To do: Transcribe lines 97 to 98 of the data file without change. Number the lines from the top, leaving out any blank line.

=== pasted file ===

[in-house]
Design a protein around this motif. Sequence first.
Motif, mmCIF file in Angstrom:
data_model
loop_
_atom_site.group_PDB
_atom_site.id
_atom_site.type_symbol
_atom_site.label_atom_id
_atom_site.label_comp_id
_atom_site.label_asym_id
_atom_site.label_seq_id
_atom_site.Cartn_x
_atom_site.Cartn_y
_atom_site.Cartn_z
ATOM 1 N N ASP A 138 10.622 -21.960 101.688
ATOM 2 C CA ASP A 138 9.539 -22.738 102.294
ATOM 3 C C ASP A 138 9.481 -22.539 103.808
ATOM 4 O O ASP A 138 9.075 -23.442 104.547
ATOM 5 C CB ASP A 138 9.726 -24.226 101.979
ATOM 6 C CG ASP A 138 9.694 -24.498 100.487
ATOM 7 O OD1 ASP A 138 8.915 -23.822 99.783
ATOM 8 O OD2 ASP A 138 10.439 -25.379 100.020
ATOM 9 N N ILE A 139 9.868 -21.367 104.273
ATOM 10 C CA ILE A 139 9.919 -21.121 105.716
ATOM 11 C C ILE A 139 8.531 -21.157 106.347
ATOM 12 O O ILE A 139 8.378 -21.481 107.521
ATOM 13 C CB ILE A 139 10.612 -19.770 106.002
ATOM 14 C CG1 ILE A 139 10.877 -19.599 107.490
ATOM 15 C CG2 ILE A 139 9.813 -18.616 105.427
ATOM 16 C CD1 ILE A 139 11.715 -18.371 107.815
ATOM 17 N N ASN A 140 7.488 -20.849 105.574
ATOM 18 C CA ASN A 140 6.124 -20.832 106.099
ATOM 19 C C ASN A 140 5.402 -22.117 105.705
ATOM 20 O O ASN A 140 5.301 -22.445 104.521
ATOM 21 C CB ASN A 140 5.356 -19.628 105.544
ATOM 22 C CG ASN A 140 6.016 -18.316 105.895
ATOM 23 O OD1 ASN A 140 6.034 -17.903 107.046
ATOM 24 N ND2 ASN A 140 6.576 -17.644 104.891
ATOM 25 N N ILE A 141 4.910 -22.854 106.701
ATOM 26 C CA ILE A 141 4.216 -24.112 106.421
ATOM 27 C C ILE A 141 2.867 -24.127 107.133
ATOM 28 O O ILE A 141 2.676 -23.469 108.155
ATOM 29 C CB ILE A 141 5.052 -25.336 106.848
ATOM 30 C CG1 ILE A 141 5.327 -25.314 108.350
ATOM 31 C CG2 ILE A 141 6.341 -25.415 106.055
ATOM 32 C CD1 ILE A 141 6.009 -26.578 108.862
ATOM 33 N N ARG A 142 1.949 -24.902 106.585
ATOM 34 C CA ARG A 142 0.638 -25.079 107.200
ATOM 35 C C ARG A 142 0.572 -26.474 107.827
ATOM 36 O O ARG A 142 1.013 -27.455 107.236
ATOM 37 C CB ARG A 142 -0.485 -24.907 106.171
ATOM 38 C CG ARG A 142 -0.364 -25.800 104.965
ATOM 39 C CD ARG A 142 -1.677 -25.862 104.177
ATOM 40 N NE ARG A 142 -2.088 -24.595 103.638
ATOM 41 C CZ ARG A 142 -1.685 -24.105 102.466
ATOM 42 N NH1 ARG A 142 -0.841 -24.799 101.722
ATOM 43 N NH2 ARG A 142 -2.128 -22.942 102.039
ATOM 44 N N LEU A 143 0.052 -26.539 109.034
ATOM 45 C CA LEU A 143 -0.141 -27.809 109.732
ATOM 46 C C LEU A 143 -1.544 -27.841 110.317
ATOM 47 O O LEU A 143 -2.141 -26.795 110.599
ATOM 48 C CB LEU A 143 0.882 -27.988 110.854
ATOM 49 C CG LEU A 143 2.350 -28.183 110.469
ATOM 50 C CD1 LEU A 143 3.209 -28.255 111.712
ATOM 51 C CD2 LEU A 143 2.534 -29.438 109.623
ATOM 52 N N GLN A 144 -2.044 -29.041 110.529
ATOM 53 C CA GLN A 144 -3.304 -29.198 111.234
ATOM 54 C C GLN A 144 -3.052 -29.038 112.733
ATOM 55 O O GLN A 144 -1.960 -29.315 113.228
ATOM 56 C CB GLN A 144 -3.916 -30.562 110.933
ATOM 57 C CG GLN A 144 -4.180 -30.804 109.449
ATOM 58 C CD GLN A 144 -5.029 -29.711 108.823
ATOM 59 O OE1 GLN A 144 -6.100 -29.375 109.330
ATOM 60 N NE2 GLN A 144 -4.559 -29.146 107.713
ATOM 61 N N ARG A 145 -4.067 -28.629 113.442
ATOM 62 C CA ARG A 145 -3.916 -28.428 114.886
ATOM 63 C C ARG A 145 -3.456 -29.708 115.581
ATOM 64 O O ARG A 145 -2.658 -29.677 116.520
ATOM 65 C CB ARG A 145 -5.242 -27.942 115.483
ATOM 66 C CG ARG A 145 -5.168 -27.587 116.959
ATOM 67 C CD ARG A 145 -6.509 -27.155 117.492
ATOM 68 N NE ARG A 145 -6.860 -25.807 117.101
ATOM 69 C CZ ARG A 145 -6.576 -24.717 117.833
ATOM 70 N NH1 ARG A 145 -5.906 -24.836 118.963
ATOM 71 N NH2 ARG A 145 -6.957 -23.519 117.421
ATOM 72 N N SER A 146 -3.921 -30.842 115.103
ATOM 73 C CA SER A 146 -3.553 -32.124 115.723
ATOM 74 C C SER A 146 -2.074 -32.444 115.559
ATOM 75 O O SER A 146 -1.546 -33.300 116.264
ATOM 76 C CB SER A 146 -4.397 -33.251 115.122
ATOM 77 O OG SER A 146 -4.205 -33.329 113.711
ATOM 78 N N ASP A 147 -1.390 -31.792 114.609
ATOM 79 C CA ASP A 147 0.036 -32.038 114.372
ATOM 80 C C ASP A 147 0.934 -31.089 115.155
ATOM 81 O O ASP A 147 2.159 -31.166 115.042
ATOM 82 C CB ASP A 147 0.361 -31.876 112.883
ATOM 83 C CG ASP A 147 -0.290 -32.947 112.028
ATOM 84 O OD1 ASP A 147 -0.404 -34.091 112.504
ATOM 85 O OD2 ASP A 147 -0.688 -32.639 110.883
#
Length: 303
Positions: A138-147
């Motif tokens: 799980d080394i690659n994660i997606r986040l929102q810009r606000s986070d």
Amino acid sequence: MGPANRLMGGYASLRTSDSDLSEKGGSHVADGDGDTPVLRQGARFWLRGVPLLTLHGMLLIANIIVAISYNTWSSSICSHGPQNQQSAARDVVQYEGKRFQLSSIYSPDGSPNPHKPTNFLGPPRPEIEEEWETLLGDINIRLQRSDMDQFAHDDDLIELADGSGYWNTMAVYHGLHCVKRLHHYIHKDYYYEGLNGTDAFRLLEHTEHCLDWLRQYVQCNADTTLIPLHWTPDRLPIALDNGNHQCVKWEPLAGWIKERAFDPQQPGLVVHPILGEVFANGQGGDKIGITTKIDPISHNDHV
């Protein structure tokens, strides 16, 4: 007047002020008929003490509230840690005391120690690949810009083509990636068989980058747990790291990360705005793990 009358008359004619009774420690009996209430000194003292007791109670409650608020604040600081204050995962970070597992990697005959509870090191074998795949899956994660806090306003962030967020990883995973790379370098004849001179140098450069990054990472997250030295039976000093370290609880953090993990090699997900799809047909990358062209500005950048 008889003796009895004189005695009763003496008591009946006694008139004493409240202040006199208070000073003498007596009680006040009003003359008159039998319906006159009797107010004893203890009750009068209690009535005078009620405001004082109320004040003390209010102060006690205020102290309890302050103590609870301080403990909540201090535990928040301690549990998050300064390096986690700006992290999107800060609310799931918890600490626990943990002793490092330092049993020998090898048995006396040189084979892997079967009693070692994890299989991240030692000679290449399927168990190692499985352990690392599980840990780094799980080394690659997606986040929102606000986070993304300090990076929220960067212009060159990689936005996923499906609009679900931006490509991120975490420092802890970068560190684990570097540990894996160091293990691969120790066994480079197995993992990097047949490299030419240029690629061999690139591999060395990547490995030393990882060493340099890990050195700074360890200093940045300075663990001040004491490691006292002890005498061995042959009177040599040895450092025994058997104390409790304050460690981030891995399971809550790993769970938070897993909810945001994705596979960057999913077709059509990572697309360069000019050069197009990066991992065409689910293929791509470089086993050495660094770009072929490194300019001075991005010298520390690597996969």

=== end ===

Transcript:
ATOM 82 C CB ASP A 147 0.361 -31.876 112.883
ATOM 83 C CG ASP A 147 -0.290 -32.947 112.028